So your expected Social Security payments are like a giant phantom annuity—a bundle of inflation-adjusted bonds you don’t own but whose income you have the right to receive. The same is true—usually without the ability to keep pace with inflation—if you are fortunate enough to have a defined-benefit pension plan.

Much of poker is played by the number. Professionals fold many more hands than they play because the numbers tell them that. But people don’t like to feel like automatons. They want action. When Annie Duke started teaching clients how to play poker she had to reframe how they saw the game.

Duke’s insight was to get her clients to choose to play by the numbers. She appealed to their meta side. They had to see the analytical next to the emotional and make a choice from those two options.

People are relative thinkers and many many decisions come down to framing one thing against another. It works for news, marketing, home purchases, dinner options, and dates. It works for everything.

 

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Colossal Comprehension

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This is the earth.

Part of our quarantine education was to get outside and make some scale drawings of our solar system.

We made our earth one roadway wide, about twenty feet in diameter and paced off two hundred yards and drew the moon. It was five feet wide. The ISS was seven inches from the earth’s surface.

It’s always challenging to consider the scale of the universe. It’s huge. It’s so huge that Mars was sixty miles away in our little universe.

Part-of-the-reason Einstein marveled about compound interest is because scale is really hard to understand. Once things scale up or down past the human perspective we just don’t quite get it. This came up on two recent podcasts.

First, Peter Attia spoke with his daughter about the coronavirus. It was an excellent, simple, good-for-kids episode. So how big (or little) is the virus?

“If were to cut one of your hairs, and you can barely see the edge when it’s cut, how many coronaviruses do you think we could line up on the tip of your hair when it’s cut?” Attia asked

A thousand viruses. That’s beyond the human scale of understanding.

One the other end of the spectrum, and closer to the solar system situation was Cade Massey’s longhorn lament.

“One of the things that frustrated me most when I to talk with people was them saying ‘Well, you’re not going to get this if you’re young.’ We knew the probabilities are steeply related to age but there’s still a probability for every age group. Throw millions of people at a small probability and you’ve got some sick people. We just aren’t good psychologically with these kinds of probabilities.” Cade Massey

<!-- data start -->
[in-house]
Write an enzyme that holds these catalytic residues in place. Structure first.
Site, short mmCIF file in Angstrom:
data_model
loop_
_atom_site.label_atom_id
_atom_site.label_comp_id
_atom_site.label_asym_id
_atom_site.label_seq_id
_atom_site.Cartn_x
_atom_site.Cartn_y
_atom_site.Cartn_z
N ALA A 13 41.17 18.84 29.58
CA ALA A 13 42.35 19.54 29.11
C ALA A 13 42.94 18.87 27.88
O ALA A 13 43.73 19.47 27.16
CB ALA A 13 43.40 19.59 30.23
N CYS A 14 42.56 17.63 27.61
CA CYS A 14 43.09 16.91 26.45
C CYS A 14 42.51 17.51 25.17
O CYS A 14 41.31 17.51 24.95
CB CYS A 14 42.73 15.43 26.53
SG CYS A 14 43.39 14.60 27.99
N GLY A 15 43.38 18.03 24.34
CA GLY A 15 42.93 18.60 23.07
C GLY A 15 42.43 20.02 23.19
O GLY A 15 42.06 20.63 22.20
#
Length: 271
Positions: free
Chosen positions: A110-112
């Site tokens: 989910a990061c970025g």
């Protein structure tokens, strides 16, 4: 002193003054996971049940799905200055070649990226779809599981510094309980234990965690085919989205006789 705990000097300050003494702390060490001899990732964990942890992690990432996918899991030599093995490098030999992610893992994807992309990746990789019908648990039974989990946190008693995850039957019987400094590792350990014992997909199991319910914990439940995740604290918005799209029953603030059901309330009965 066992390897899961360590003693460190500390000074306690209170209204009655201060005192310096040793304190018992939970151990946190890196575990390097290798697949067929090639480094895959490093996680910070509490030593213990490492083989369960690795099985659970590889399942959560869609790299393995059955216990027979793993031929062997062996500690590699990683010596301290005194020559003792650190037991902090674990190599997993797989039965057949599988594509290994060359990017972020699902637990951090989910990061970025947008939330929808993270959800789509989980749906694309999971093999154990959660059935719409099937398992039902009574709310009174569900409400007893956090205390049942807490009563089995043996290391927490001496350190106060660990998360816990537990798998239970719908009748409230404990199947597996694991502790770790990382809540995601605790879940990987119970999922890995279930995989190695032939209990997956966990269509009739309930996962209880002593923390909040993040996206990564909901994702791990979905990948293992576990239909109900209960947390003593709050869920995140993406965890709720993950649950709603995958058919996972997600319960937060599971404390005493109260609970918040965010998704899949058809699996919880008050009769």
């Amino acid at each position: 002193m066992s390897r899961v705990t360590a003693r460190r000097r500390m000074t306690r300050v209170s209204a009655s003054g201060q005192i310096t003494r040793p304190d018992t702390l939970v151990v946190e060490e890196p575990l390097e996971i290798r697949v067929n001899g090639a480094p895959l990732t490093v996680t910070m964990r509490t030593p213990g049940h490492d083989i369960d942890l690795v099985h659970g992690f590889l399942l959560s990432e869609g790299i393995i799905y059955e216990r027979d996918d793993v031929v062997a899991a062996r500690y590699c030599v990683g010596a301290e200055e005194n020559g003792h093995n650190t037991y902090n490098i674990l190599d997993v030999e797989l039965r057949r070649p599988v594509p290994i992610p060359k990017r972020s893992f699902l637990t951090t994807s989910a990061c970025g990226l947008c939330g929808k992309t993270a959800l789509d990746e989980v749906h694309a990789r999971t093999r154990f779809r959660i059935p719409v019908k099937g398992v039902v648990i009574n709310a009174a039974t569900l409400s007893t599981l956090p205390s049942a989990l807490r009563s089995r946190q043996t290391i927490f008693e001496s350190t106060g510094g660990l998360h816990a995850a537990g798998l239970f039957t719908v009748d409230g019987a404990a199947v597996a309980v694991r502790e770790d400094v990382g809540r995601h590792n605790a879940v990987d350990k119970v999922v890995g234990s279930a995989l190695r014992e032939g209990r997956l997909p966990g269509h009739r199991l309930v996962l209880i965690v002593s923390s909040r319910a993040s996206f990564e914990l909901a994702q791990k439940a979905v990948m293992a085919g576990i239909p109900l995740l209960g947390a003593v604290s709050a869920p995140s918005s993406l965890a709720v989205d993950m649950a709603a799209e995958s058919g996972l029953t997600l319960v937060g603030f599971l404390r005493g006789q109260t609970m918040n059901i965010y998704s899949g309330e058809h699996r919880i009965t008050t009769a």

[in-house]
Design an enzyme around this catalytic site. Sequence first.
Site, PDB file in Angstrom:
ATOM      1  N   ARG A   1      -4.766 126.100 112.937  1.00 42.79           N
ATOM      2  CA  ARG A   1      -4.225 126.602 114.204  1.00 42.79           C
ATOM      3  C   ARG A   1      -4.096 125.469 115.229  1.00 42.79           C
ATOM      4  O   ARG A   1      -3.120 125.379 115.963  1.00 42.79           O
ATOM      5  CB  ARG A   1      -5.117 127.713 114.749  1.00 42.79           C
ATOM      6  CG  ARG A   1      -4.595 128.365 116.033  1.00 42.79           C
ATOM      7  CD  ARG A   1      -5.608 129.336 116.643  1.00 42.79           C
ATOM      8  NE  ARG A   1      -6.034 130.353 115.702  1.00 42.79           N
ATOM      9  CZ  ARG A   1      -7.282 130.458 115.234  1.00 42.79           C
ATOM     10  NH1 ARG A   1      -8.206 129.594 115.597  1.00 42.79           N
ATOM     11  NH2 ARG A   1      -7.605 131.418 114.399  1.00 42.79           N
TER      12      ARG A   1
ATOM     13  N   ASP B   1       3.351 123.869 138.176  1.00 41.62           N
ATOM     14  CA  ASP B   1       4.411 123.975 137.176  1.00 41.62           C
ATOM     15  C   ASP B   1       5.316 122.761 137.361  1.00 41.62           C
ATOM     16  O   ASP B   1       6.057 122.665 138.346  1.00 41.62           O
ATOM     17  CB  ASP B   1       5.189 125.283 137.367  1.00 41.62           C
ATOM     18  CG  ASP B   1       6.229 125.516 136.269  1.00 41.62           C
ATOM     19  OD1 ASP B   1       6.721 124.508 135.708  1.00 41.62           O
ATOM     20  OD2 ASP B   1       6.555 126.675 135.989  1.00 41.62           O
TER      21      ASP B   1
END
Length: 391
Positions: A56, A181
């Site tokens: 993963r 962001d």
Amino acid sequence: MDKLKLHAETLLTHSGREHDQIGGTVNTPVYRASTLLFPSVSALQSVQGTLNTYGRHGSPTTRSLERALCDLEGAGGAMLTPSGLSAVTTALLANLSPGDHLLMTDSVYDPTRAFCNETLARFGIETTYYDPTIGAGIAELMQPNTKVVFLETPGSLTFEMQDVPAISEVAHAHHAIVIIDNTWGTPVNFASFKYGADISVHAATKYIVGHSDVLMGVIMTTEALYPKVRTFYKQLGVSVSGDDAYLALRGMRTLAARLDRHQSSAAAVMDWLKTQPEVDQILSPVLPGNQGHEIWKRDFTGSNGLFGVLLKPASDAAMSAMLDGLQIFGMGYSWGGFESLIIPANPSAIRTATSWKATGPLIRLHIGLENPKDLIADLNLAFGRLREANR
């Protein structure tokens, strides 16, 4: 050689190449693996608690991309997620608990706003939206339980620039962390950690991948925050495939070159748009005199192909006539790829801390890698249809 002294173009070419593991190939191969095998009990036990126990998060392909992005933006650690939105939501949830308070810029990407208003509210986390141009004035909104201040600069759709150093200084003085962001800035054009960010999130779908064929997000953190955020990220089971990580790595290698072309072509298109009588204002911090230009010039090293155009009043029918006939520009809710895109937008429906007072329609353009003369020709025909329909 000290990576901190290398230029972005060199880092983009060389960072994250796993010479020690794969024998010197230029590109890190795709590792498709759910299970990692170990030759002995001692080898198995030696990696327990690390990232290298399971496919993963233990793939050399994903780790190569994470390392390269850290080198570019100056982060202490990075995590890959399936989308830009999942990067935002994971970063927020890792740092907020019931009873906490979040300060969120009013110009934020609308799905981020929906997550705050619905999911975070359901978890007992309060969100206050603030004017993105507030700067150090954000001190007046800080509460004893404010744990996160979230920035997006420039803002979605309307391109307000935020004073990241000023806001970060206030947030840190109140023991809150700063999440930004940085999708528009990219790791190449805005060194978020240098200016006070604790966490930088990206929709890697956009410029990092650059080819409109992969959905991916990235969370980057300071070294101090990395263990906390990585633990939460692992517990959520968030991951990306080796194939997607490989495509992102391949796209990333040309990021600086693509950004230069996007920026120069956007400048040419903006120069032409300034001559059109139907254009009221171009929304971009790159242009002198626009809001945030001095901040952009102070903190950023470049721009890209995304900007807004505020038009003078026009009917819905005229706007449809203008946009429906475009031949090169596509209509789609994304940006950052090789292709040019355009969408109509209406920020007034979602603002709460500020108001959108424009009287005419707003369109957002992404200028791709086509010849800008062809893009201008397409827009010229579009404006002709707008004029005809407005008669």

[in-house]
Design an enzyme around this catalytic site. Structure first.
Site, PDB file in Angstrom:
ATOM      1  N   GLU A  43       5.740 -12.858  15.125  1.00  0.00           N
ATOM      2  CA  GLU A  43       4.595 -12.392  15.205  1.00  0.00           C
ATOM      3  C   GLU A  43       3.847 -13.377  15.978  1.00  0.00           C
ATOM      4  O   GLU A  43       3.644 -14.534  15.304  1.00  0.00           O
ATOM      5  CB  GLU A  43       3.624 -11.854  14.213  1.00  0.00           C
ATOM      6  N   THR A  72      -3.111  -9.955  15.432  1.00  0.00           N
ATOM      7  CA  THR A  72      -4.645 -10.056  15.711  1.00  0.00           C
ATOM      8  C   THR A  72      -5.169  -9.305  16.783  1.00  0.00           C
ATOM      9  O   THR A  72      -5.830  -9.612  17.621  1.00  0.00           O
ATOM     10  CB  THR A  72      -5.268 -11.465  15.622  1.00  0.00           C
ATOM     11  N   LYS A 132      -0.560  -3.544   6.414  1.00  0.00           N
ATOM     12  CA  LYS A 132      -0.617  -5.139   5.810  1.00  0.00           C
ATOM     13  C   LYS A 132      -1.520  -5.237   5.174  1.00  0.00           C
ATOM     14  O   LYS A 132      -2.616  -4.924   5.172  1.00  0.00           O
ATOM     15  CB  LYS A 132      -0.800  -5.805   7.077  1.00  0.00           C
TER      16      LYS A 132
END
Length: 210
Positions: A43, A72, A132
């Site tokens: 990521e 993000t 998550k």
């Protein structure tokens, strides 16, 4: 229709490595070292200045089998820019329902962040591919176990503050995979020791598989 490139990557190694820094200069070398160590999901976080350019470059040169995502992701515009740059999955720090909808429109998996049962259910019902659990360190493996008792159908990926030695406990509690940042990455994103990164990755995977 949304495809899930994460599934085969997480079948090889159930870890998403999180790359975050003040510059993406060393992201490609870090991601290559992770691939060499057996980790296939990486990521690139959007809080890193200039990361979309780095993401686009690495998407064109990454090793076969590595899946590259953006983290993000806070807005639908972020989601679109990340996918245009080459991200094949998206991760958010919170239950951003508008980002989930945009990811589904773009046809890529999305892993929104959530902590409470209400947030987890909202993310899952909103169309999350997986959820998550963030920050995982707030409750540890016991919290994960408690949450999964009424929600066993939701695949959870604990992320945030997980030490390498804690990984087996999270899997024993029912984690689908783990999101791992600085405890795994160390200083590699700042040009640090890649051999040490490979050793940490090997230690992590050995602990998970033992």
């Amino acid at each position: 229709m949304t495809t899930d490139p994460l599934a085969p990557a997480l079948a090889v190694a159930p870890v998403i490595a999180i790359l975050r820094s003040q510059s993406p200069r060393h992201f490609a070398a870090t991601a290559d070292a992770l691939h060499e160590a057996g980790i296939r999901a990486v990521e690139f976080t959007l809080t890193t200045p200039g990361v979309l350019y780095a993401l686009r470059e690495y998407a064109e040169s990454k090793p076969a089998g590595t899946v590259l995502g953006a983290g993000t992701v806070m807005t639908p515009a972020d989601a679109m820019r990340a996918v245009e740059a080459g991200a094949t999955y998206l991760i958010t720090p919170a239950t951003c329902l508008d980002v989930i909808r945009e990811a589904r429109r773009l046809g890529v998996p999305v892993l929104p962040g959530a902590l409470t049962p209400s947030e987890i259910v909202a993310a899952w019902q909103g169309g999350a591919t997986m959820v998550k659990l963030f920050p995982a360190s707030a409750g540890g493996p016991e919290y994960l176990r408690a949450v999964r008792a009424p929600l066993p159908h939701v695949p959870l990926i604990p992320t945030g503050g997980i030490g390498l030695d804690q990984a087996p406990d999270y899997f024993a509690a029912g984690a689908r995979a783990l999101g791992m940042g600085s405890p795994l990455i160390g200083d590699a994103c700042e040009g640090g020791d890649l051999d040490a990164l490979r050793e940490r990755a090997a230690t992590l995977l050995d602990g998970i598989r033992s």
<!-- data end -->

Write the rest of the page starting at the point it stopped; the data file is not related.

The percentage for infection, hospitalization, and ventilation are remarkably small.

New York City houses eight million people and the metro area is home to twenty-one million. Projections note that only .27% will need beds, and only .063% will need ventilators.

Right now my sixth grade daughter is learning percentages as parts of the whole. She answers questions like; “If sixty percent of a class of twenty-four are boys, how many children are in the class?”

That’s good sixth grade math but it gets hard with large numbers. One-fourth of a percent is really small but eight million is really large. How does someone make sense of that? We probably just need to think slow, not fast.

 

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Numbing Numbers

On Epidemic, Ronald Klain talked about how long a shutdown may last.

“I’m asked this question when I’m on TV all the time, what’s the date, what’s the date? But this discussion about the date is the wrong discussion, the question is, what are the preconditions that we need to have in place before we can reopen large swaths of economic activity?”

That’s a harder question.

The CoVid19 situation is like a Sudoku board with very few numbers filled in. If that’s a nine this might be a four which makes that a two—shit that can’t work. There are so many interchangeable parts it’s easier to ask, ‘what’s the date?’

To get away from ‘what’s the date’ questions we can add one more small step, asking why.

‘Why’ gets us to answer.

For example, why is social distancing six feet? Is this a case like a power law where the bulk of the results come from one source? For example, when researchers looked at what size particles passed through what size fabrics, “0.02 micron Bacteriophage MS2 particles (5 times smaller than the coronavirus)“, a surgical mask stopped 89% of the particles, a vacuum bag 86%, and a cotton blend t-shirt stopped 70%. Not bad.

But when they doubled up, masks improved to stopping 89% and shirts to 71%. Small relative increases.

Is social distancing like that? Six feet is like wearing a mask made from a cotton shirt? Maybe not. The gas cloud research rather than aerosol or droplet research—the six feet origin work was done in the 1930’s—hints that viruses could travel twenty-seven feet in the air.

It’s hard to not recommend something other than ‘when we hear numbers we should ask why‘ but there’s so much ambiguity that’s all we can say with confidence. As for dealing with the here and now, here’s how to gamble with the coronavirus.